Viewing Color Spaces & Their Gamuts

Part of a series – Color Managed Workflow

Today – Viewing & Comparing Color Spaces


.You’ve probably seen color space gamut diagrams

They are usually shown in 2-dimensions

BUT – color space is 3-D, not 2-D

It’s easy to be mislead into thinking that

One space is totally contained within another

When viewing only 2-D



Water Drop Reflected Calla


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Figure 1: A 2-Dimension Color Space Diagram

Simplified version of actual 3-D color space

Shown is a slice of 3-D space perpendicular to the L-axis

At L=50 where saturation is maximum

sRGB, as shown here, is a subset of Adobe RGB 1998

but – is it?

No, not really; Just with this particular slice

(which is the one most often shown)


Figure 2 is how the Adobe & sRGB color spaces actually appear

Adobe is the red wire frame

sRGB is the solid surface

The three dimensions are

Chroma – shown as a & b

Luminance – shown as L

Coming straight out of the screen in Fig. 2

Figure 1 is a slice from mid-way down the L-axis

At the point of maximum color saturation

Note in this still image that sRGB appears to be

Totally contained within the Adobe RGB space

Click for full size – much clearer

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Figure 2


Next, watch as I rotate the space in this 9 second video

You’ll see that some of the sRGB space (solid) is actually

Outside the Adobe red wire frame

Although the sRGB colors outside Adobe space are small

This demonstrates that 2-D representations of 3-D

Can be misleading

Figure 3

Looking back at Figure 1

The edges between the blue & red “corners” and

Around those two corners

Where the spaces overlap

Show where you might expect differences

as shown in Figure 3


Another look at Figure 2 (sRGB vs. Adobe)

Viewed from four different directions

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Figure 4a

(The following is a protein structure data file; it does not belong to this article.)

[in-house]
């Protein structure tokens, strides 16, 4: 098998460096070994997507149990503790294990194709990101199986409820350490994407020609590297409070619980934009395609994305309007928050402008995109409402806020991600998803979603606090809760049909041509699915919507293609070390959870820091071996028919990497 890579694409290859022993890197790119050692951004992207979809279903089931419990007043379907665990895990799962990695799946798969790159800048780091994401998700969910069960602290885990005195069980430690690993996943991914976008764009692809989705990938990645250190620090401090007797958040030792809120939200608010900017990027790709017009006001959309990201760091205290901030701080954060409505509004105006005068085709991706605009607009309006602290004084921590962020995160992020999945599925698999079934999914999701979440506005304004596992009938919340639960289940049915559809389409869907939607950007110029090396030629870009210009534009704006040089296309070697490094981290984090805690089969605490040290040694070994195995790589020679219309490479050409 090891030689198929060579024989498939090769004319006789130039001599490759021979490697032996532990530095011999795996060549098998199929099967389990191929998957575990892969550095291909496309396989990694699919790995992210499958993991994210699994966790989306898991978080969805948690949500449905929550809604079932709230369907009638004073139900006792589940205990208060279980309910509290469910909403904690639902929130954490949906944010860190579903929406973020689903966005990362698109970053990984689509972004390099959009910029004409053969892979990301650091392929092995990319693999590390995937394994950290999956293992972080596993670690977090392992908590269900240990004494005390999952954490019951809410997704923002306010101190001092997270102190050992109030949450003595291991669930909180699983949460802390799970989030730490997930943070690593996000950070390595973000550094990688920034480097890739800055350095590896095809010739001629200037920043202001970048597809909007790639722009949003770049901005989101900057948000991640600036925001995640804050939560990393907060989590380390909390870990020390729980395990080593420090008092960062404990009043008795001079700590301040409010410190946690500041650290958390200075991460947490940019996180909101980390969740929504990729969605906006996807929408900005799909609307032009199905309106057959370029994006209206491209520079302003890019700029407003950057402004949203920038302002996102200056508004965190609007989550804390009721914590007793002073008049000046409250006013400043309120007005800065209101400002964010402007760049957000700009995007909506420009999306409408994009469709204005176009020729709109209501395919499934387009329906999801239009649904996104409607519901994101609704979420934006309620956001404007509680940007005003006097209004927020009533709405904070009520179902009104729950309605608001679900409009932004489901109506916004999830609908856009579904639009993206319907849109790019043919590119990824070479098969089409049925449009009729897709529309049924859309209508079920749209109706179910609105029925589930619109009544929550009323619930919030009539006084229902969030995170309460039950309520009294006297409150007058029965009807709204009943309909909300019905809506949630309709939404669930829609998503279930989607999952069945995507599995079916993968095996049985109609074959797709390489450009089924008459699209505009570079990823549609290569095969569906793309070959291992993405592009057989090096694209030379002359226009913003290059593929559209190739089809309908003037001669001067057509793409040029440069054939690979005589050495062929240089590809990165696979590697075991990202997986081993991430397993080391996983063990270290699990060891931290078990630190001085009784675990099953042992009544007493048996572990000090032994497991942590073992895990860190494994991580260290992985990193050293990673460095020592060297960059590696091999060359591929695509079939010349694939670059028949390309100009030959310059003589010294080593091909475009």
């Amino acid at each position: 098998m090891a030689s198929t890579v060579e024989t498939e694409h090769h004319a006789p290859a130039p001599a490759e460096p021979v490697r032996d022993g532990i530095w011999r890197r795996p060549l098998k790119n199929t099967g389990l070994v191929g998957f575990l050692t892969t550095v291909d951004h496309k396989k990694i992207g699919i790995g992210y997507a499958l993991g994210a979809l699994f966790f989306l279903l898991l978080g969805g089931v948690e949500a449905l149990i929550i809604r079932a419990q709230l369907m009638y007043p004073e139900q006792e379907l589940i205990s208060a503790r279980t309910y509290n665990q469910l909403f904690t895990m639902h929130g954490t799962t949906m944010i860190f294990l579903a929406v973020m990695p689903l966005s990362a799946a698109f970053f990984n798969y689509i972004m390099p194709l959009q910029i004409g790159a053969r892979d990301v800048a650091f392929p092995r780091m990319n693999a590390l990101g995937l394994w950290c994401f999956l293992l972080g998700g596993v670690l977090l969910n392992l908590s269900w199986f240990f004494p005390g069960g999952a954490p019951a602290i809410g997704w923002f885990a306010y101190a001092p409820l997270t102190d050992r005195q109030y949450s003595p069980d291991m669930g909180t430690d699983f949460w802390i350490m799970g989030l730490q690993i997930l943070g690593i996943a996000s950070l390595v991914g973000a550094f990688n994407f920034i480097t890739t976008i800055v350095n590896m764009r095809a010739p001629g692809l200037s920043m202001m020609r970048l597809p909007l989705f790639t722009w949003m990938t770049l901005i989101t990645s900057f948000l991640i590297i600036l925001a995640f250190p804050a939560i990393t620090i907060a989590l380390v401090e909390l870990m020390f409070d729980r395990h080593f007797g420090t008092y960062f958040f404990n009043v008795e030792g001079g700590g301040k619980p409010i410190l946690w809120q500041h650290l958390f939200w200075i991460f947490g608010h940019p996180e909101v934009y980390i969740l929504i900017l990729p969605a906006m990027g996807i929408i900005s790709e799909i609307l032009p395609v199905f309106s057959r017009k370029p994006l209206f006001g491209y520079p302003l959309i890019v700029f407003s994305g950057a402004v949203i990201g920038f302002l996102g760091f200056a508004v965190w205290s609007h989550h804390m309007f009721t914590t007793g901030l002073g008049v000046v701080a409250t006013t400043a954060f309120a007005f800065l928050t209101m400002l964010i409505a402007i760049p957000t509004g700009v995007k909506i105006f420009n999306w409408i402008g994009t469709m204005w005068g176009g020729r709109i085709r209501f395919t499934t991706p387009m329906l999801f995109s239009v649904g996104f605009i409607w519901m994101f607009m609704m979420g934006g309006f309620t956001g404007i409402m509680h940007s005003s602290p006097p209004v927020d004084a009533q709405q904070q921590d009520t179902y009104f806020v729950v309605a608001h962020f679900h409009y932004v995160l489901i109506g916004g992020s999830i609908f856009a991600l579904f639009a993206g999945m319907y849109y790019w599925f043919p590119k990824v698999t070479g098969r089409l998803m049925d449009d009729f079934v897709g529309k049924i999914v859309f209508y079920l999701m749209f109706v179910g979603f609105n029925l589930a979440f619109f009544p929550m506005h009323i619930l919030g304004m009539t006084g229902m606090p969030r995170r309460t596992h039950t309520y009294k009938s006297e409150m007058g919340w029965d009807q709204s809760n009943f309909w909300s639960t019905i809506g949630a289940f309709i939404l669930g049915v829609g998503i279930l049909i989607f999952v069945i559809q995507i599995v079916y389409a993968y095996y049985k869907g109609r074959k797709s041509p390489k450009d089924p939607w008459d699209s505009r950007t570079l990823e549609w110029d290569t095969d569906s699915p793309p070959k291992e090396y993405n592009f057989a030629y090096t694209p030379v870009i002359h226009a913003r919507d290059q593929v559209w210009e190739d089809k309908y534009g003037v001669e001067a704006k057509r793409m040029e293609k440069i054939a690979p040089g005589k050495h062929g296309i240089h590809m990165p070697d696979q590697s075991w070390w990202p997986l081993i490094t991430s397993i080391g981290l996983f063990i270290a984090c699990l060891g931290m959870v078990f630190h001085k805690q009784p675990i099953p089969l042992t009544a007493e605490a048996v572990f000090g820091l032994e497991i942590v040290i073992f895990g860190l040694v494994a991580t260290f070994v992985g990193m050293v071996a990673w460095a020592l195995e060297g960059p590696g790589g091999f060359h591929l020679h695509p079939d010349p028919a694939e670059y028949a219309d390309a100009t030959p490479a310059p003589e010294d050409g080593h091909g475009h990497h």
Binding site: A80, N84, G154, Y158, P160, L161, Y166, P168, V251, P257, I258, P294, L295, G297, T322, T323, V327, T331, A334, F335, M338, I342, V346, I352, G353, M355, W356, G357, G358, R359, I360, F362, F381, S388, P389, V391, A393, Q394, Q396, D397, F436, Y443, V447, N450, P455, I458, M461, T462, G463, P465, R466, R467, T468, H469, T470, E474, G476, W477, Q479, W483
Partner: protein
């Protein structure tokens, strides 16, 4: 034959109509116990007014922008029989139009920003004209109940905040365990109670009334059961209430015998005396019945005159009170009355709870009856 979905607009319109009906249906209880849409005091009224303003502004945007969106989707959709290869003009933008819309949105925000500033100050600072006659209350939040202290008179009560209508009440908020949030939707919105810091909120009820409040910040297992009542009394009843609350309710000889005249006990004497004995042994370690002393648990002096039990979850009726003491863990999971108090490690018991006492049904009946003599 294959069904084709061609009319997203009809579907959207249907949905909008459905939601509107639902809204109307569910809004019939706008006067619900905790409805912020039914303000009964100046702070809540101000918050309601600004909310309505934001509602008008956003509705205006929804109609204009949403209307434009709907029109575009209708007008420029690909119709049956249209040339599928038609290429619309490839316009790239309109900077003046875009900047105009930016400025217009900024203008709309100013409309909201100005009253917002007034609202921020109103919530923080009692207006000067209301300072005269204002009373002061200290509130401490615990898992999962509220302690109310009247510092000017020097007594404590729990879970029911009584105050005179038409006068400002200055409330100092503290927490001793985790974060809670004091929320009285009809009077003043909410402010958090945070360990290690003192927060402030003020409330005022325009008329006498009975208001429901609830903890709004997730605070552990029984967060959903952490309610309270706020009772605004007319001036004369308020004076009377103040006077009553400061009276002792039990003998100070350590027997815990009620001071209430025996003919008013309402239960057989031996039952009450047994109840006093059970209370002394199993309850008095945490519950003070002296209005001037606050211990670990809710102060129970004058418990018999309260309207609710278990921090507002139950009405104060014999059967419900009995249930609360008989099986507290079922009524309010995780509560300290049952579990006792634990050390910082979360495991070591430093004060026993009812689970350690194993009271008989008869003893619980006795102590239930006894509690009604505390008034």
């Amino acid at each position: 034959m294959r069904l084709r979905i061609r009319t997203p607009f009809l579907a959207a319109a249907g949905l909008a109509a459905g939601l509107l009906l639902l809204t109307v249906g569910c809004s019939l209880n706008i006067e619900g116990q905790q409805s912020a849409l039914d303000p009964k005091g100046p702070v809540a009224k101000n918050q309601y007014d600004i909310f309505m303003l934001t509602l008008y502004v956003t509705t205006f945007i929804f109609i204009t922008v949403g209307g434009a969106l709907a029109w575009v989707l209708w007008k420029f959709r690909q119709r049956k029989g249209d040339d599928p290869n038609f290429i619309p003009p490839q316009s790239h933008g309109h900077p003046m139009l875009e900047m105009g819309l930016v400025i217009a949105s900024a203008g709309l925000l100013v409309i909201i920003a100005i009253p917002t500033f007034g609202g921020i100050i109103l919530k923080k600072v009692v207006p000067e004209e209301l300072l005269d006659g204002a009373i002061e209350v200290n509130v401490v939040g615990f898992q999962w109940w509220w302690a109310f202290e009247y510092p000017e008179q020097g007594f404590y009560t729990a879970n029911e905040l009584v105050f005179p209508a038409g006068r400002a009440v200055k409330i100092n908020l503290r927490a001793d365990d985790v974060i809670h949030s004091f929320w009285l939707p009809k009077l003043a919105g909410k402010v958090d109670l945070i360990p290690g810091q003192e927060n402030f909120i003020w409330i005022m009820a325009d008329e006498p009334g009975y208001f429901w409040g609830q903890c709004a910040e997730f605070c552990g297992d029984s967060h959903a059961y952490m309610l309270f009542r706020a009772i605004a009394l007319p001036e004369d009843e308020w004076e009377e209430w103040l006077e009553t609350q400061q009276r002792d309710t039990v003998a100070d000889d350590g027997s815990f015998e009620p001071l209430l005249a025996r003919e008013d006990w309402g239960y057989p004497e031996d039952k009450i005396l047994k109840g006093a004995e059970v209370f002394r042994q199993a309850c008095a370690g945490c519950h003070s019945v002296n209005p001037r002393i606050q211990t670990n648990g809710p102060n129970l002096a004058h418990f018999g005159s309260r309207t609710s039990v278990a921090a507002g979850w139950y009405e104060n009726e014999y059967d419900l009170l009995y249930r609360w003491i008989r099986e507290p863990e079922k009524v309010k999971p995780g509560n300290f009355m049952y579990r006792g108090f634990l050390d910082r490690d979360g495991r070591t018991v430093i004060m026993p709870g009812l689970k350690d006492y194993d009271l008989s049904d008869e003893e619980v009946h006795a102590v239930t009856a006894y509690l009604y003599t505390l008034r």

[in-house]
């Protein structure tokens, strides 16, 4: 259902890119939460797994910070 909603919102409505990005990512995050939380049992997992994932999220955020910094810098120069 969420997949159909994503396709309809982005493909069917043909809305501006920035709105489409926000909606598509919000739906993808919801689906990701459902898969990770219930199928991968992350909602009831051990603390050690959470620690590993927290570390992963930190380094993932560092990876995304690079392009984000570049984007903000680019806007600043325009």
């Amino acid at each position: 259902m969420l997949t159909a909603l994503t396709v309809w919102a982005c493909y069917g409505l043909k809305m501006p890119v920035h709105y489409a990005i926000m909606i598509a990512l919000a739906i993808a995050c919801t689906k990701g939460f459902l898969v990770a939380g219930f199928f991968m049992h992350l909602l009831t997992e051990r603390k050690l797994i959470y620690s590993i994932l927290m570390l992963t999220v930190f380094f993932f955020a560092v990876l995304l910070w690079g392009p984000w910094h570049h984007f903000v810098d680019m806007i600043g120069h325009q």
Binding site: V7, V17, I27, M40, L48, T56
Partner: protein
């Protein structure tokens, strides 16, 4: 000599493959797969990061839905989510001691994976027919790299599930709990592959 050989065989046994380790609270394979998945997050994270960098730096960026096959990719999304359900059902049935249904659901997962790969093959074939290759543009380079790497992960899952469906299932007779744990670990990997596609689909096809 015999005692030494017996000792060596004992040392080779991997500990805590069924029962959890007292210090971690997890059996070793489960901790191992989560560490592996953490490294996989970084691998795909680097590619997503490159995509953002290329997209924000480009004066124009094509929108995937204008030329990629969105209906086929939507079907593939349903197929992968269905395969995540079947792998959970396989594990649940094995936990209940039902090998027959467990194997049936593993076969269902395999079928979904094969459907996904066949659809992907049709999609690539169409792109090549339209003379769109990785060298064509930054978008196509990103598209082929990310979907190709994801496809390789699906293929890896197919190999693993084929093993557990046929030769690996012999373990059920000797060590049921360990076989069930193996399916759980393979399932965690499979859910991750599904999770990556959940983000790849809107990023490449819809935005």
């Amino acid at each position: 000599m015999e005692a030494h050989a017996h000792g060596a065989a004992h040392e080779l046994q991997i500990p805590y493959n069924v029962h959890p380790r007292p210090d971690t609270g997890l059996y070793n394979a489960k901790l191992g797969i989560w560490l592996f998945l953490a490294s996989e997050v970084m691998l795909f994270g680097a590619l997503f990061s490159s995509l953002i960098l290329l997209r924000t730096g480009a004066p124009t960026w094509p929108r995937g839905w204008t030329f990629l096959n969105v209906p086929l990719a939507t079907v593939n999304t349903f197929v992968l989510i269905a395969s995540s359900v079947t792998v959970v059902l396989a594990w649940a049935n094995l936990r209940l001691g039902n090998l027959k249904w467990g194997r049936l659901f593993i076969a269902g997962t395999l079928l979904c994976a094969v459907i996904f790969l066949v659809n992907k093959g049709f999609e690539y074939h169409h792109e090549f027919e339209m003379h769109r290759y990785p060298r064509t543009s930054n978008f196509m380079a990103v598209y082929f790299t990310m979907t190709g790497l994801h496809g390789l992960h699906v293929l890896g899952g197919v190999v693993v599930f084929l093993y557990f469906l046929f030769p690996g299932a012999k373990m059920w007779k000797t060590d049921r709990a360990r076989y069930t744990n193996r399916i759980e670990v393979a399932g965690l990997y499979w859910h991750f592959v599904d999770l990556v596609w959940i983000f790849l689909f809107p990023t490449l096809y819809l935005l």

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Figure 4b

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Figure 4c

4c & 4d are both “side views”

Imagine the equator on earth

These two views are from opposite sides of the earth

4c is where 4-1 shows close overlap of the spaces

4d is the green/cyan region where sRGB “falls short” of Adobe

These two views are exactly what you should expect based on 4-1

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Figure 4d


One final set of comparisons

Two papers, a luster and a heavy matte

Note the larger range of printable colors for the luster

Followed by

How well these papers “fit” within sRGB & Adobe spaces

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As noted in Figures 1-3

These “maps” are just one point-of-view

However, as shown below each paper has yellows

That extend beyond the RGB (think “edit”) spaces

What does that mean to you?

It means your editing space can’t show

All the colors your printer can print

Of course, if those colors aren’t in your image

No harm is done

Depending on an image’s colors,

Displays, such as these, give insight as to which

Papers may need special attention

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Above we have the smallest editing gamut, sRGB

and a large printer/paper gamut

Note – not only yellow but some blue & green

Can be printed – BUT not seen in the sRGB space

Below – same paper & larger editing space

As compared to the sRGB above –

The missing yellow print range is smaller (plus B & G is all there)

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